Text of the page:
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Linda Greensmith

Linda Greensmith

The work in our laboratory is aimed at improving our understanding of the mechanisms involved in motoneuron degeneration, with particular reference to the loss of motoneurons that occurs in motor neuron diseases such as Amyotrophic lateral sclerosis (ALS). ALS is a progressive neurodegenerative disorder in which motoneurons in the spinal cord and brain progressively die, resulting in muscle paralysis and death, typically within 2-5 years of diagnosis.

Primary Astroglia

There is currently no cure or effective treatment for this disease. It is therefore essential that we increase our understanding of the pathophysiology of this disease in order to help us to develop an effective therapy.

We are also beginning to investigate the pathogenesis of other motoneuron disorders. In collaboration with Drs Mary Reilly and Henry Houlden of the MRC Centre, we have recently started to motoneuron degeneration in forms of Charcot-Marie-Tooth Disease (CMT), the most common hereditary disorder of the peripheral nervous system. Distal hereditary motor neuropathy (dHMN), the spinal form of CMT, is an exclusively motor disorder of the PNS.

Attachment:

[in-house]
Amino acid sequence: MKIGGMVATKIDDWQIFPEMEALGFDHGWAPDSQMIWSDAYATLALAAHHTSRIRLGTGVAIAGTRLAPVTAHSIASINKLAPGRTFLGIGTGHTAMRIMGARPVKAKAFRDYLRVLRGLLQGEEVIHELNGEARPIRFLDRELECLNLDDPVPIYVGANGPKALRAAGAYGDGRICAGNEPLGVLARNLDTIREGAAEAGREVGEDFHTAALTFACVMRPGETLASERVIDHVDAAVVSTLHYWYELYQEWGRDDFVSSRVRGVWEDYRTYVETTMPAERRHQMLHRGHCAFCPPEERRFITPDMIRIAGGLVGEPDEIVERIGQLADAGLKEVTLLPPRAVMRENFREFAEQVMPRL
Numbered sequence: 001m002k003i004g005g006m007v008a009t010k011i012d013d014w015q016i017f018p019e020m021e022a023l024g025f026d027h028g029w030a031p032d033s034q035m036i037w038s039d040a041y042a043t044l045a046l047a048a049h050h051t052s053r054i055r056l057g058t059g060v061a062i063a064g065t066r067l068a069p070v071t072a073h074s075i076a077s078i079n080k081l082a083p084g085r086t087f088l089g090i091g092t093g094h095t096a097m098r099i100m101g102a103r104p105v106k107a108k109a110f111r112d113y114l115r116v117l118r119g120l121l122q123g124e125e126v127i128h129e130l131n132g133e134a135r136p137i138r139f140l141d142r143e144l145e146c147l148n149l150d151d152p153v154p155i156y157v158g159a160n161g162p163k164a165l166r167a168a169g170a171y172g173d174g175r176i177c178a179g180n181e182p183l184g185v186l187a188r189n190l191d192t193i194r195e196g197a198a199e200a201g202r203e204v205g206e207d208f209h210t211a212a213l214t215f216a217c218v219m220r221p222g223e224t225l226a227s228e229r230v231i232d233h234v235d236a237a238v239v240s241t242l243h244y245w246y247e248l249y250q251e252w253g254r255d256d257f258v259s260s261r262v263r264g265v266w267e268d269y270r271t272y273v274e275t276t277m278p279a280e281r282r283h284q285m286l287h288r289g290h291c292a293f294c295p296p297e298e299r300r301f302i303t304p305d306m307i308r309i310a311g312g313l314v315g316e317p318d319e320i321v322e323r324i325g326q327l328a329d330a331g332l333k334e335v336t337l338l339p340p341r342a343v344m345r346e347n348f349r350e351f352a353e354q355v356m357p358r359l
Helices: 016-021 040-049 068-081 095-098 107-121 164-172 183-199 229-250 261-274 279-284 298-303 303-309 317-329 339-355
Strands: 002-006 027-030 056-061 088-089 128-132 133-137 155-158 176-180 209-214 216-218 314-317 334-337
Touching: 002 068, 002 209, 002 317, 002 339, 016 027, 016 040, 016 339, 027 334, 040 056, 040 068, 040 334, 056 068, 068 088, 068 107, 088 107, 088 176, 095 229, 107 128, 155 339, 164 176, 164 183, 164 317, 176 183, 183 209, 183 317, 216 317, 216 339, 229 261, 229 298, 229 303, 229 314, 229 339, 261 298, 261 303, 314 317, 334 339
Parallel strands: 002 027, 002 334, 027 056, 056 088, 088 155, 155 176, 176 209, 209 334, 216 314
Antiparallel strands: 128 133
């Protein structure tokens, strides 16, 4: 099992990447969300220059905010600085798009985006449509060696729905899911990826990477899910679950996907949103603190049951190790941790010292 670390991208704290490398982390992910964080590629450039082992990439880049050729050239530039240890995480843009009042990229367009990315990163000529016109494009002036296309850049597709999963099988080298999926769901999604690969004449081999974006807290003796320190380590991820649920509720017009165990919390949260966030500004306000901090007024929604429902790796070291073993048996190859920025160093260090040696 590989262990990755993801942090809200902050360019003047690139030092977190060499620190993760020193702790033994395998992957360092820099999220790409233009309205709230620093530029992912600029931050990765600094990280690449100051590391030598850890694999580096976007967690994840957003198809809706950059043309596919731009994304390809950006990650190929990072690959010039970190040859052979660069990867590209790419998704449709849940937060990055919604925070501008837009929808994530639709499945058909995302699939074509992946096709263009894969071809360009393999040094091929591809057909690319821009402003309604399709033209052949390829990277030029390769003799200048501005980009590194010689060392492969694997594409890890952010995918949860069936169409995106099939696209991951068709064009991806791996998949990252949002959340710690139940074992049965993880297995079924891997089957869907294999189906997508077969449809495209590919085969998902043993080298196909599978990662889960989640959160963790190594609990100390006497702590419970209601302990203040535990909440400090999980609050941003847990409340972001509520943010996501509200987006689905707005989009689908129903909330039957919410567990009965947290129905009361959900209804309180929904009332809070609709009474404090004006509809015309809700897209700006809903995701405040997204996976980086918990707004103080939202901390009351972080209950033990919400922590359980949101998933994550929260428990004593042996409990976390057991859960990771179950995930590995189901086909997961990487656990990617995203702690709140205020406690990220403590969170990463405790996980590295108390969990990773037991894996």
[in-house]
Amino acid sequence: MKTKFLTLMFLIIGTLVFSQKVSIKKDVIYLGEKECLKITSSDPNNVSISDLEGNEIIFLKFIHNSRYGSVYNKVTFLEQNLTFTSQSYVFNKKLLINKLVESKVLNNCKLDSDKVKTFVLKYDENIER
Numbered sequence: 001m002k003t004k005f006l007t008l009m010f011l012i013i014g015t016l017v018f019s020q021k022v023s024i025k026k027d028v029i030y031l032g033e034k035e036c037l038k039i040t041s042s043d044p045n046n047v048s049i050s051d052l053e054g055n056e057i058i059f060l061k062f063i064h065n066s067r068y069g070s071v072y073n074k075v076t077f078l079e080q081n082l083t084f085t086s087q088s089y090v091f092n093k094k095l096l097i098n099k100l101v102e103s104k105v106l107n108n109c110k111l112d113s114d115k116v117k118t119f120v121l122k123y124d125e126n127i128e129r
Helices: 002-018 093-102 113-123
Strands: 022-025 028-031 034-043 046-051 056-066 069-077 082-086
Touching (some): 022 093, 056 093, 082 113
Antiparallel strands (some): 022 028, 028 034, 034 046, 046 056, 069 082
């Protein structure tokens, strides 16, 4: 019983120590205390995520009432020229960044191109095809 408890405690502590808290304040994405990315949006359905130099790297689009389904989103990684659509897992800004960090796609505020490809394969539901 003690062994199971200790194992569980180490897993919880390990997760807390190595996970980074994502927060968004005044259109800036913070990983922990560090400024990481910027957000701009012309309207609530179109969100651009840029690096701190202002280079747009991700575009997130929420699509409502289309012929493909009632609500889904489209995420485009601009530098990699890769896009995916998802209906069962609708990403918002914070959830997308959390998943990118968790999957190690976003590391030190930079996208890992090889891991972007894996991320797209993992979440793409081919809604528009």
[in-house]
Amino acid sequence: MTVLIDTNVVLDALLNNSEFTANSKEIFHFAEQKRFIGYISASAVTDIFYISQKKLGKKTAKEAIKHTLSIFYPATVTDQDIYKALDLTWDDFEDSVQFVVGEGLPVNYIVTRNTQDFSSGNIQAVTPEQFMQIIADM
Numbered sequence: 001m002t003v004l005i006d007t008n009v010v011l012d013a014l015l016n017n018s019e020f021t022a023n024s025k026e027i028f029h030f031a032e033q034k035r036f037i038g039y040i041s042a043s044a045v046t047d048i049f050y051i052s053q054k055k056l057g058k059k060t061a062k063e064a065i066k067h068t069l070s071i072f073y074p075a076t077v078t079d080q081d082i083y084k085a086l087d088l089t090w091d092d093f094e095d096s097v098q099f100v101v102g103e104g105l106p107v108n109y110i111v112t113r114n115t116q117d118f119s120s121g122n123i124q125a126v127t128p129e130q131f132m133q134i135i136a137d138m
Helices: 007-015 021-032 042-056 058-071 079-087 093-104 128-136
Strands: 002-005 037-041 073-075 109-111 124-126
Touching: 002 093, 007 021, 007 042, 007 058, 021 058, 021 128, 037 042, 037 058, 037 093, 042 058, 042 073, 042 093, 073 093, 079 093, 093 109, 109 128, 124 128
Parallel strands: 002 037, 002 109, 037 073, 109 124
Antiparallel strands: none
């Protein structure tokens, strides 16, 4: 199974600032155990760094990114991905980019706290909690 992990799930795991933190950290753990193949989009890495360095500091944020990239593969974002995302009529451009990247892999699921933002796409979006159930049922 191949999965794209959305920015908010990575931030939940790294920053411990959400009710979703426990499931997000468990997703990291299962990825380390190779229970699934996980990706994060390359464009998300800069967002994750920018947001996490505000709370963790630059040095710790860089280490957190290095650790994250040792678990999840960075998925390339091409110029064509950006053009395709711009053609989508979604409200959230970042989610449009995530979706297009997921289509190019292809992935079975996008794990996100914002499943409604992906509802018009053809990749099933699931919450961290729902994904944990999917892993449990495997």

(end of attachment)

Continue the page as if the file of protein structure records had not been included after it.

Skeletal muscle endplates and motor neuron

Recently, a number of mutations in a small heat shock protein, Hsp27, have been identified in patients by Drs Reilly and Houlden that are linked to dHMN. Hsp27 belongs to a family of stress-response proteins that are important for neuronal function and survival. We are studying the cellular mechanism by which mutations in Hsp27 result in axonal degeneration and motoneuron death in dHMN.
Skeletal muscle endplates and motor neuron

Several pathological mechanisms play a role in the death of motoneurons in these disorders. In our group we have been investigating some of these mechanisms, for example the role of i) protein chaperones, ii) axonal transport defects (in Collaboration with Dr Giampietro Schiavo, CRUK), iii) mitochondrial deficits (in collaboration with Prof Michael Duchen of the MRC Centre) and iv) axonal excitability defects (with Prof Hugh Bostock of the MRC Centre). We hope that a greater understanding of the causative factors involved in the death of motor neurons may help us to identify new therapeutic targets.

Primary Motorneurons

We use a multidisciplinary approach, examining a variety of animal models of motor dysfunction (in collaboration with Prof Elizabeth Fisher of the MRC Centre) as well primary cell cultures of motoneurons, muscles and glial cells. We also use a wide range of techniques from cellular and molecular biology to whole animal systems physiology. The overall aim of our research program is to help in the development of effective therapeutic strategies for use in the treatment of these debilitation and often fatal neurodegenerative disorders.

Professor Linda Greensmith PhD
Professor of Neuroscience
The Graham Watts Laboratories for Research into Motor Neuron Disease

Sobell Department of Motor Neuroscience and Movement Disorders
UCL Institute of Neurology
Queen Square
London WC1E 6BT

Telephone: 020 7676 2161
Fax: 020 7813 1673
Email: l.greensmith@ucl.ac.uk

Links

http://www.ion.ucl.ac.uk/research/sobell/greensmith.htm

http://www.ucl.ac.uk/ion/departments/sobell/Research/LGreensmith